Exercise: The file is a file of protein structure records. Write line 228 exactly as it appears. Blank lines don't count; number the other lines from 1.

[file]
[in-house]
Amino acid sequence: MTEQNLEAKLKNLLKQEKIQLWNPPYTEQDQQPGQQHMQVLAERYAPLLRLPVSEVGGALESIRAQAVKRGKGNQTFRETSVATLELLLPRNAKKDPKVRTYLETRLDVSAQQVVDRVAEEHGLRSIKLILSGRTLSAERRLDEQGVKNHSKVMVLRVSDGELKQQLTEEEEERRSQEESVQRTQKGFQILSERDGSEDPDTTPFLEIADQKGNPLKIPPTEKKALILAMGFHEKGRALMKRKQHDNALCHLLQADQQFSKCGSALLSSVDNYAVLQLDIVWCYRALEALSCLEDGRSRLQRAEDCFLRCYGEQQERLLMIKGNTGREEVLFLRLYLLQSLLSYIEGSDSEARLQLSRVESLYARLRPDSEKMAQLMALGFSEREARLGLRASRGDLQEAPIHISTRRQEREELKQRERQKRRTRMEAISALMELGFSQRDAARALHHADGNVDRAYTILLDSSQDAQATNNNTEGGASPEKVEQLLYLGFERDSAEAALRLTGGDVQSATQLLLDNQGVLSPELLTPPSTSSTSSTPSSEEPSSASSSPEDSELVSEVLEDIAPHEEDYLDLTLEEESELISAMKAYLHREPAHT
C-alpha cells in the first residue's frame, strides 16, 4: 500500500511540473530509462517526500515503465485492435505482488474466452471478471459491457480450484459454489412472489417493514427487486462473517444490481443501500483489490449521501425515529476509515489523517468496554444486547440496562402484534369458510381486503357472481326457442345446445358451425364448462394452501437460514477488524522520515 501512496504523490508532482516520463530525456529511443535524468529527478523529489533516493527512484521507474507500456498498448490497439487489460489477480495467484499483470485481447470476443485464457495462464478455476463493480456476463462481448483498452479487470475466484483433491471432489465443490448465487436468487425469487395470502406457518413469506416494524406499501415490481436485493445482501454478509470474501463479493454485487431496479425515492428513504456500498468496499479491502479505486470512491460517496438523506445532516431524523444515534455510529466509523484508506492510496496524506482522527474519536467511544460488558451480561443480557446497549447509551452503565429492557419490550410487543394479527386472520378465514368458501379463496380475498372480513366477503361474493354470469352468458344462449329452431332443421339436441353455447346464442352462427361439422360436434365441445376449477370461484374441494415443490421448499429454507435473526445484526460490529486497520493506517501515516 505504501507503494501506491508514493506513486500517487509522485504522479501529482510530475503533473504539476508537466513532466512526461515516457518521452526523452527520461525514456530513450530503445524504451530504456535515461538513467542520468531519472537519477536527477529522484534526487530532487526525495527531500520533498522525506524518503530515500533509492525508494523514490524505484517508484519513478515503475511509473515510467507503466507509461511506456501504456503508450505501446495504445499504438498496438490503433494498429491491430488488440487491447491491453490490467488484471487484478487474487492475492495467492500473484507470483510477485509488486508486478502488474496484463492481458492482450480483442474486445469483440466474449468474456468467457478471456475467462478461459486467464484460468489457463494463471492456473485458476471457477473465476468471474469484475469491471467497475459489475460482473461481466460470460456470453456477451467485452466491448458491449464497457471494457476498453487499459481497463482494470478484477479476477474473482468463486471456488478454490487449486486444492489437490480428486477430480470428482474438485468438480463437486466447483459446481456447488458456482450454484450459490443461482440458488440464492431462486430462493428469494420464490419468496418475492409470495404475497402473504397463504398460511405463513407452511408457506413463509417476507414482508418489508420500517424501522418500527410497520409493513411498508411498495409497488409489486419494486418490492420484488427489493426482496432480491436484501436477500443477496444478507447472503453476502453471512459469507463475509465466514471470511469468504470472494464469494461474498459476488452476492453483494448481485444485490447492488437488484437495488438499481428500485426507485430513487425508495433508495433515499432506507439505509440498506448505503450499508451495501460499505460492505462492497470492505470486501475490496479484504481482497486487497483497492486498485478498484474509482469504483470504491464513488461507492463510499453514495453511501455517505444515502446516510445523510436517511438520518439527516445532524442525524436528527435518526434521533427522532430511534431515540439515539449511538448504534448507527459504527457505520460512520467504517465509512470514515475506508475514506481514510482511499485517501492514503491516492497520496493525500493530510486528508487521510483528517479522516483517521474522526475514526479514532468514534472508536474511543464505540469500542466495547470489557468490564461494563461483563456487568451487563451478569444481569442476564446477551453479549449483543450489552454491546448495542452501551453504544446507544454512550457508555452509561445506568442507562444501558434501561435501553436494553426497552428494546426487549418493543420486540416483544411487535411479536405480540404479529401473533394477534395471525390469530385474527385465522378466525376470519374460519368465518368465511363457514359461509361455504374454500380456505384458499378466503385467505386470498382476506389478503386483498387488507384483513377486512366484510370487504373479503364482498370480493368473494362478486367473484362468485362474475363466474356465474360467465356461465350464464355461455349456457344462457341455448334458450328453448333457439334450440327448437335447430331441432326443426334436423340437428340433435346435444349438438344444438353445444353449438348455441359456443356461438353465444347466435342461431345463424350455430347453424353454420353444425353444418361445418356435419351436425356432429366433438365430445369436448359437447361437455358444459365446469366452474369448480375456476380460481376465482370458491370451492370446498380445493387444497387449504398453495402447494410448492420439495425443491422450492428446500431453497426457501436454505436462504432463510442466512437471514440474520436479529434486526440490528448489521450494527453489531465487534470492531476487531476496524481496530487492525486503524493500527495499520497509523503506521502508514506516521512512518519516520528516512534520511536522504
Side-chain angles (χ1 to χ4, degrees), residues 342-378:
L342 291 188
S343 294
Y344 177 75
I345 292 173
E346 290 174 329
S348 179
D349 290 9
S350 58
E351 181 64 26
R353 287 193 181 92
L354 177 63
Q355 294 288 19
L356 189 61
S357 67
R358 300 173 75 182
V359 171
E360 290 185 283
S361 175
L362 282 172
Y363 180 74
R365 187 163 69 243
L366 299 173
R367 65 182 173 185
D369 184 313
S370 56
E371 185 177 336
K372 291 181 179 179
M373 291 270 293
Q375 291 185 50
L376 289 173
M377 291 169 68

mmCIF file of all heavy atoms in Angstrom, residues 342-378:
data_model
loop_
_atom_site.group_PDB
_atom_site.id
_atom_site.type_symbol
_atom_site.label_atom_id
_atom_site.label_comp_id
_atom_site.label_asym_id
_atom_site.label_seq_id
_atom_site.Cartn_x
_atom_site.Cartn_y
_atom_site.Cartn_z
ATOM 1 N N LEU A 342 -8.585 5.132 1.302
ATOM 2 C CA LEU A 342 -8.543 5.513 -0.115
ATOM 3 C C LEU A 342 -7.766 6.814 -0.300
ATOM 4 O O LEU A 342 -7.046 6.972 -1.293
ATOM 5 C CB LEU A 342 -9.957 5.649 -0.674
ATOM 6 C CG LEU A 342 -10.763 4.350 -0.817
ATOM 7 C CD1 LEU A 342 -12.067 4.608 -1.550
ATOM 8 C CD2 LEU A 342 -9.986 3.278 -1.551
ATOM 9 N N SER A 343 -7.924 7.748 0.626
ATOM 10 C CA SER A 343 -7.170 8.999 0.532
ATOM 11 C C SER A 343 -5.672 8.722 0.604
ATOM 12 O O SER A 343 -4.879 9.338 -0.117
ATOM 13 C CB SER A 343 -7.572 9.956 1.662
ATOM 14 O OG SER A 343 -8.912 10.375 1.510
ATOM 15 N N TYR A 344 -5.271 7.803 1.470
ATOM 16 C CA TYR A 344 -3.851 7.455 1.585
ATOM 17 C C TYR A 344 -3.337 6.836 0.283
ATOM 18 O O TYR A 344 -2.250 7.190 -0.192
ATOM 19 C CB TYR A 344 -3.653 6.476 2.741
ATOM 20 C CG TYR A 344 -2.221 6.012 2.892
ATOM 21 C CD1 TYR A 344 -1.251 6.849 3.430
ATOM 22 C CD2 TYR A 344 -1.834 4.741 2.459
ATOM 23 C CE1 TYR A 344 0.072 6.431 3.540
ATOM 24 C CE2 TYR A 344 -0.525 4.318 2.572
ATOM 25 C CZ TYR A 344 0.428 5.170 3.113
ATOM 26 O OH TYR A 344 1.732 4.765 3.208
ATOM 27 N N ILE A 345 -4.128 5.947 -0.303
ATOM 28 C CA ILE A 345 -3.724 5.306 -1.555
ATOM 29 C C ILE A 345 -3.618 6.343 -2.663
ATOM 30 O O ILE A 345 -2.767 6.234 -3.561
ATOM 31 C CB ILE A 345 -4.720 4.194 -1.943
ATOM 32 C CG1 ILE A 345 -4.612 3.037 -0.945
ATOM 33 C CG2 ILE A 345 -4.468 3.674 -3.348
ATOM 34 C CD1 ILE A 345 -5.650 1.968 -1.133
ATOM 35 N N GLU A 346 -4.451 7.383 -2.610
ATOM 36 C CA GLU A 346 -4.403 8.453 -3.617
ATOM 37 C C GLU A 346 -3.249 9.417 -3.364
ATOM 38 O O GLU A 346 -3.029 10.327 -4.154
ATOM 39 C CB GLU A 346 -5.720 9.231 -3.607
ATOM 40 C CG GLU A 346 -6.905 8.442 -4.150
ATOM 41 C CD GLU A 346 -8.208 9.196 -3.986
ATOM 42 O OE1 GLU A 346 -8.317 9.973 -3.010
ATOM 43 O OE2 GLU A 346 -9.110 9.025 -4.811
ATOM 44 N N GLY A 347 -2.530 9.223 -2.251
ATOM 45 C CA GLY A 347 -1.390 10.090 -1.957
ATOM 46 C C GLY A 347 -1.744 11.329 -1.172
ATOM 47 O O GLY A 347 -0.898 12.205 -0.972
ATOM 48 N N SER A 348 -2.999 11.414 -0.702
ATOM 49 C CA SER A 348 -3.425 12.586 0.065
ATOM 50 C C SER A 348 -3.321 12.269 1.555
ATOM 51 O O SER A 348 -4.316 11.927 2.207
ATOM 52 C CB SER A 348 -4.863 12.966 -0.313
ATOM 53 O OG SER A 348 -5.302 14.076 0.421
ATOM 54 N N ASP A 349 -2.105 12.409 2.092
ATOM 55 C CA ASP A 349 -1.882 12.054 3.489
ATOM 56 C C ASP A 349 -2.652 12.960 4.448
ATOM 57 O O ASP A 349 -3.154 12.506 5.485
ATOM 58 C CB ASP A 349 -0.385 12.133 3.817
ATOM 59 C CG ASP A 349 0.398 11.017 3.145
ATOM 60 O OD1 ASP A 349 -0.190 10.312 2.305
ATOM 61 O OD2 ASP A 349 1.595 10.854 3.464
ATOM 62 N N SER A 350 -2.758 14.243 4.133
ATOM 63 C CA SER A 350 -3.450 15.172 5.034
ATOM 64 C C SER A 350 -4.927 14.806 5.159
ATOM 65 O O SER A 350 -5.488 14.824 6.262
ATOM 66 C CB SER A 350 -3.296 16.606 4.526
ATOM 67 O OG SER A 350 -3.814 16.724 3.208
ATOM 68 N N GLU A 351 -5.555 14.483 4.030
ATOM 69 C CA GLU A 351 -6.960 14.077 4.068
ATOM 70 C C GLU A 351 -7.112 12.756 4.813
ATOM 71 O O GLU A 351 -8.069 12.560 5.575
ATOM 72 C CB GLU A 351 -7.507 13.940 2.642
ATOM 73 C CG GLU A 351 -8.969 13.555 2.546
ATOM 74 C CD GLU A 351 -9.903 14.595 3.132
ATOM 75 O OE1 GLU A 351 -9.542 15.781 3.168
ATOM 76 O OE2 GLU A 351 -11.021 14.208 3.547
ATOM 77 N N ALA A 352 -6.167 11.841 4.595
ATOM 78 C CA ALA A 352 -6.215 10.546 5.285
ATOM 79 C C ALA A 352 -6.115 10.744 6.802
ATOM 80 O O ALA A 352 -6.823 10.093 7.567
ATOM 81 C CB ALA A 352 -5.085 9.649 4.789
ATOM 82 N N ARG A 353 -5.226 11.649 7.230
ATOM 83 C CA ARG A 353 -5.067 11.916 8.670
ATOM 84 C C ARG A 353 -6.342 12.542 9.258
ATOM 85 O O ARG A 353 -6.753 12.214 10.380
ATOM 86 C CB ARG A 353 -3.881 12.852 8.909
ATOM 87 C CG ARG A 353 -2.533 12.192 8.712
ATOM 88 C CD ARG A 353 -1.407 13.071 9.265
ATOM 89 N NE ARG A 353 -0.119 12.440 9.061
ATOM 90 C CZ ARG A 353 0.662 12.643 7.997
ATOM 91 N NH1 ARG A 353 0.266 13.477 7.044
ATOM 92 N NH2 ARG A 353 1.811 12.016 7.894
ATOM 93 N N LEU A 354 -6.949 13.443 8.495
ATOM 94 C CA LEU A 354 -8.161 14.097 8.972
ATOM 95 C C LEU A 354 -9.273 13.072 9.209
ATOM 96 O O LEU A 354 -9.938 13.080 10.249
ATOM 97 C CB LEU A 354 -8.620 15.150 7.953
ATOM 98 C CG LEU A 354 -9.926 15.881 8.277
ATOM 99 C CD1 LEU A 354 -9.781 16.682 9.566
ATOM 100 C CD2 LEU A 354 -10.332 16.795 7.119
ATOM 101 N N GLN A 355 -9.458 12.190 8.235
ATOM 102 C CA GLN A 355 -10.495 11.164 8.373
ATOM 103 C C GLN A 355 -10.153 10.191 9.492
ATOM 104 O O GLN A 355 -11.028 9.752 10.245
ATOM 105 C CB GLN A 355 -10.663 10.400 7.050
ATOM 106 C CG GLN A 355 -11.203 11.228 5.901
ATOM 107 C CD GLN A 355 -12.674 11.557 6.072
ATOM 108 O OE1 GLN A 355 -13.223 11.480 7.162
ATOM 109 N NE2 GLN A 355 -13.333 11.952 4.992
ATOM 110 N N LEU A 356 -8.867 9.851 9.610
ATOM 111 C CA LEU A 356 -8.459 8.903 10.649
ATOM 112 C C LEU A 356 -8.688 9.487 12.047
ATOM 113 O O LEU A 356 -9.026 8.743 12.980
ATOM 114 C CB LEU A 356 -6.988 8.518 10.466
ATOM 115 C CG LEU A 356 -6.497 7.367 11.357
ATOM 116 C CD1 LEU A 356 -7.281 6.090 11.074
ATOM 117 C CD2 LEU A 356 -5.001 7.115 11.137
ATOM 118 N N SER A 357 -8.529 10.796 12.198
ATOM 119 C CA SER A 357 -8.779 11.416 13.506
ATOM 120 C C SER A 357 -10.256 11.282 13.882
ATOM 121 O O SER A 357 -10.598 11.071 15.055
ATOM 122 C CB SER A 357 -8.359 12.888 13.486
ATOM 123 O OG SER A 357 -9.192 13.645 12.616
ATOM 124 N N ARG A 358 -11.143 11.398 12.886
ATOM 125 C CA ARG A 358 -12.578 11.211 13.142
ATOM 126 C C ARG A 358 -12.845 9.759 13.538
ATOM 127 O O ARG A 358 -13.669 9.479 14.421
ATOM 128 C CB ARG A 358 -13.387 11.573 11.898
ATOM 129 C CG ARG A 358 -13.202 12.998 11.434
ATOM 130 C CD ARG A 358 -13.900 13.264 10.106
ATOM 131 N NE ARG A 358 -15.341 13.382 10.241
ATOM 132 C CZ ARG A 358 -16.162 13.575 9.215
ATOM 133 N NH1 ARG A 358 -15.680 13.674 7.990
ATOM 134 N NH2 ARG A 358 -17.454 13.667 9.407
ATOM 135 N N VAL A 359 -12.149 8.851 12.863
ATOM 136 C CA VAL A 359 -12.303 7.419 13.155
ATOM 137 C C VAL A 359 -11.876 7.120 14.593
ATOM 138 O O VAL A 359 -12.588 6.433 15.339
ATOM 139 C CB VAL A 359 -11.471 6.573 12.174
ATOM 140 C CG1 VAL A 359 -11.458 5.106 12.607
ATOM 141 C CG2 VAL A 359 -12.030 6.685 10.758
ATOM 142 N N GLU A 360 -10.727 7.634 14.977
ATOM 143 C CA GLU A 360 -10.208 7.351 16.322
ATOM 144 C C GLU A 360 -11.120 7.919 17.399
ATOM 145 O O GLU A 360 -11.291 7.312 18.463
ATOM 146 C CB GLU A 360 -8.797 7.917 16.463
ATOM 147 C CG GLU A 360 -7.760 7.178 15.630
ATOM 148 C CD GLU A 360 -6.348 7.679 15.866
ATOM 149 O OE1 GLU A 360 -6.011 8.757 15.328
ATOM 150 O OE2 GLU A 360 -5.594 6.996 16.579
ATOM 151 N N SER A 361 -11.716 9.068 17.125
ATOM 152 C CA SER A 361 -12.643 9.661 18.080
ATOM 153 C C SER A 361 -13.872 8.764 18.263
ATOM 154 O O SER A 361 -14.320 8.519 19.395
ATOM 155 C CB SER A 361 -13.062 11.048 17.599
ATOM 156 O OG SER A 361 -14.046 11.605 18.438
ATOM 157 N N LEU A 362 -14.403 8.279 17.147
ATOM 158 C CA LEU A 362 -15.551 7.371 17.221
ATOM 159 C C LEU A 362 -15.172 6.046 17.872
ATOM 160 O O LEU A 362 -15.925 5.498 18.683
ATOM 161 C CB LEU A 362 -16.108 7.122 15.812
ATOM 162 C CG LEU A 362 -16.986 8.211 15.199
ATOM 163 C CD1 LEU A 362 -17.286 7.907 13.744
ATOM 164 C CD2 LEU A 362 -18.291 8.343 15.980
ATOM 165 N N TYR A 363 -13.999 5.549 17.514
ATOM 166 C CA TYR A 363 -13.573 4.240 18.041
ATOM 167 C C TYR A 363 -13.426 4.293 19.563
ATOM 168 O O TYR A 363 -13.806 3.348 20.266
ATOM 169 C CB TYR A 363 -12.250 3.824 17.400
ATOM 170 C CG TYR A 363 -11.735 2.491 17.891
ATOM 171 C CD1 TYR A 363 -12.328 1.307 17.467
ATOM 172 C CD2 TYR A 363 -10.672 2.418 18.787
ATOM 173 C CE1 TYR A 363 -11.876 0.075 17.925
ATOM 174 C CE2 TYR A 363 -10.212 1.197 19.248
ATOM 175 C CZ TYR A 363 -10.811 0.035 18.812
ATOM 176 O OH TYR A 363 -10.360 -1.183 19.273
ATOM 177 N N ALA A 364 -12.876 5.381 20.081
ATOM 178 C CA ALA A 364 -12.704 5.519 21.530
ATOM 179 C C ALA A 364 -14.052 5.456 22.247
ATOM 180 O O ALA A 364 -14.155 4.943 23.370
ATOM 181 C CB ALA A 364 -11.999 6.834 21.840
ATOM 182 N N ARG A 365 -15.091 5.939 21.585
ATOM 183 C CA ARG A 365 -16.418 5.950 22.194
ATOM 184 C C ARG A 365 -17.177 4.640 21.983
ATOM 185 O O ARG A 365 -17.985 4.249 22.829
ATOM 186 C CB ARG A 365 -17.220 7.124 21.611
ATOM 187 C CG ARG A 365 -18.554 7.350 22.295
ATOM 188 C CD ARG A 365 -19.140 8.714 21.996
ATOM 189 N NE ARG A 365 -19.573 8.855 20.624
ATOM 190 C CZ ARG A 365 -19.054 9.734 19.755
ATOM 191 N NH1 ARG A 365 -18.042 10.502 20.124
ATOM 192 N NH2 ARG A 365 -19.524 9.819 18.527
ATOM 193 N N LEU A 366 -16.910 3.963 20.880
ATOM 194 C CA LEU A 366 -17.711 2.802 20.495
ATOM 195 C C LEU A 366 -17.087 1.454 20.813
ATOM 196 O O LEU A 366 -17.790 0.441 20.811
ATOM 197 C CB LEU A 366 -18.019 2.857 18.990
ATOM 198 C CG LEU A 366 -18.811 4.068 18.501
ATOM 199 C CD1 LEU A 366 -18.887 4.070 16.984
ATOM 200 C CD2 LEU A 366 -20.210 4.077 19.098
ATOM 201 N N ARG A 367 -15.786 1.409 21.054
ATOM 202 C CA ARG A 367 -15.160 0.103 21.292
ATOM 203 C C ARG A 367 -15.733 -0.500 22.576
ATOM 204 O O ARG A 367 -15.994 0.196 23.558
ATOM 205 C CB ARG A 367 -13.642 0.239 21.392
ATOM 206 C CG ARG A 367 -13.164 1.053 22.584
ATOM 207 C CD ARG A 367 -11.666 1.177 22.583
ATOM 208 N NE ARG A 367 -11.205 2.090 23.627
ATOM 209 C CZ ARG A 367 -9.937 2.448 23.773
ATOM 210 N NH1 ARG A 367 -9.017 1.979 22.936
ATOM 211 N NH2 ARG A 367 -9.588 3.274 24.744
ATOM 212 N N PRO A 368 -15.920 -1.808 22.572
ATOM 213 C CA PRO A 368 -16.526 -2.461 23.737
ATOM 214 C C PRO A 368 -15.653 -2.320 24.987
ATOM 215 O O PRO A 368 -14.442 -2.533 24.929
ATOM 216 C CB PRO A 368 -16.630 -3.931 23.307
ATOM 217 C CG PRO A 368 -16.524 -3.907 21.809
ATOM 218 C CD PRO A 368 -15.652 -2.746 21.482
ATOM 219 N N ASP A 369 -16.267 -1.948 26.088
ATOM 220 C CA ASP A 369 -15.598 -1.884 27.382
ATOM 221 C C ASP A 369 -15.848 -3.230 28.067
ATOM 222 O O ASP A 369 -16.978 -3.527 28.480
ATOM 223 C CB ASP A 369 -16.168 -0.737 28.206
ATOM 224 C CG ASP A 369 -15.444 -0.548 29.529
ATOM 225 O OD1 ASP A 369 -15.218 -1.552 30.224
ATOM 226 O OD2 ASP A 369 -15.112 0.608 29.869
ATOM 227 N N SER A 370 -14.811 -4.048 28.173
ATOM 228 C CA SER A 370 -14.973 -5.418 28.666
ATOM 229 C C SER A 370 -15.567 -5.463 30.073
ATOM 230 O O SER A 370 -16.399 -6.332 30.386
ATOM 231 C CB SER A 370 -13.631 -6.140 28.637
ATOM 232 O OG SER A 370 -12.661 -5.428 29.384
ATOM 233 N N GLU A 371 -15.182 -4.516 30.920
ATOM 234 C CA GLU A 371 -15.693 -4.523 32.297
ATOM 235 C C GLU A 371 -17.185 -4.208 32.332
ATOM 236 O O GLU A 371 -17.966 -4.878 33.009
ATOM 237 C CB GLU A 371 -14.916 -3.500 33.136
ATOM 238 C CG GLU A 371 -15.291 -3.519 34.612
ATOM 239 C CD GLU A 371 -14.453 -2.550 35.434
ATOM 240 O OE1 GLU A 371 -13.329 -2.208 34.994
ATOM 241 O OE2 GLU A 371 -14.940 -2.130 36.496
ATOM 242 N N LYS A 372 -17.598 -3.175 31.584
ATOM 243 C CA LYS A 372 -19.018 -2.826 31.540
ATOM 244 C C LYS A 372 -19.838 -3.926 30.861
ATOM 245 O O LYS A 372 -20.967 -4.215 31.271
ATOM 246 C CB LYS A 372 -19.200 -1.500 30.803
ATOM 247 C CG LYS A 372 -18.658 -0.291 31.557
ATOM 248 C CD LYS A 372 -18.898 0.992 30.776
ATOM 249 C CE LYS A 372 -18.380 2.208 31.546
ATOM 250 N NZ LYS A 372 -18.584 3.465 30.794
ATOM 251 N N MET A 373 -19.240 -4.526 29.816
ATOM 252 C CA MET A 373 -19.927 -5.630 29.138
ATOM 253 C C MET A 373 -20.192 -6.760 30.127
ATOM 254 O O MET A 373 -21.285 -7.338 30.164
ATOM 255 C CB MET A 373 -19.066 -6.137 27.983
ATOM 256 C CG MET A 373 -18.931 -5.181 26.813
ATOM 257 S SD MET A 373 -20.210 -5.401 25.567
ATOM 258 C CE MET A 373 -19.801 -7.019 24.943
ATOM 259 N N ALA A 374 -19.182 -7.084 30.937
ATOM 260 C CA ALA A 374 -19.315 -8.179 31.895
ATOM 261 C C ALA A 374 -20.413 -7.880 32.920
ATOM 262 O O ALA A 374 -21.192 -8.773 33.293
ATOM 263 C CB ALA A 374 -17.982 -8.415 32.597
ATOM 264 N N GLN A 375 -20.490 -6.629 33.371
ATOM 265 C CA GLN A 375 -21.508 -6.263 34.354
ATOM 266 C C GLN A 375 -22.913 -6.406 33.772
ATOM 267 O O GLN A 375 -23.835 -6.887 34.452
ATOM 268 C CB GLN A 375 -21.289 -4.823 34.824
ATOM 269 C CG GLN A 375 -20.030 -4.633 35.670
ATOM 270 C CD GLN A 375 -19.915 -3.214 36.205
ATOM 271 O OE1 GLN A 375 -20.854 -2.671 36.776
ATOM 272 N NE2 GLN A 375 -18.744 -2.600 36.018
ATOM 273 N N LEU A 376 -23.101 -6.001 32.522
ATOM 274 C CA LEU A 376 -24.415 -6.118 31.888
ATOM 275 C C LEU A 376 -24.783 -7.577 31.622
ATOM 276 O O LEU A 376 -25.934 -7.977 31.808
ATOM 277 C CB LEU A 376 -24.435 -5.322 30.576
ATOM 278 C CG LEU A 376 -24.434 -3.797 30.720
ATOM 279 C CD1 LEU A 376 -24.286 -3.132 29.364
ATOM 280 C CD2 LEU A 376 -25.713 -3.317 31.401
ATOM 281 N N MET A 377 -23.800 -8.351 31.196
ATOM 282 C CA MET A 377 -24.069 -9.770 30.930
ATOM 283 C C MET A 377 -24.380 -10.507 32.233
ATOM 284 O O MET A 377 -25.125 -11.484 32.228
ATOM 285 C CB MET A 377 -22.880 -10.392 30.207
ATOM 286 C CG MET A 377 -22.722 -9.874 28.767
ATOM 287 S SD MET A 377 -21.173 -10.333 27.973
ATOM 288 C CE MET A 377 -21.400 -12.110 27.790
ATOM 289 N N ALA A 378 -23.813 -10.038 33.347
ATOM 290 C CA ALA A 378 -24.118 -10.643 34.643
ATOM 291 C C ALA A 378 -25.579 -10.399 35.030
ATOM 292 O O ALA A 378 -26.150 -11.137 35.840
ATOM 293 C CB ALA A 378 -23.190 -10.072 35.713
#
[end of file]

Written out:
ATOM 180 O O ALA A 364 -14.155 4.943 23.370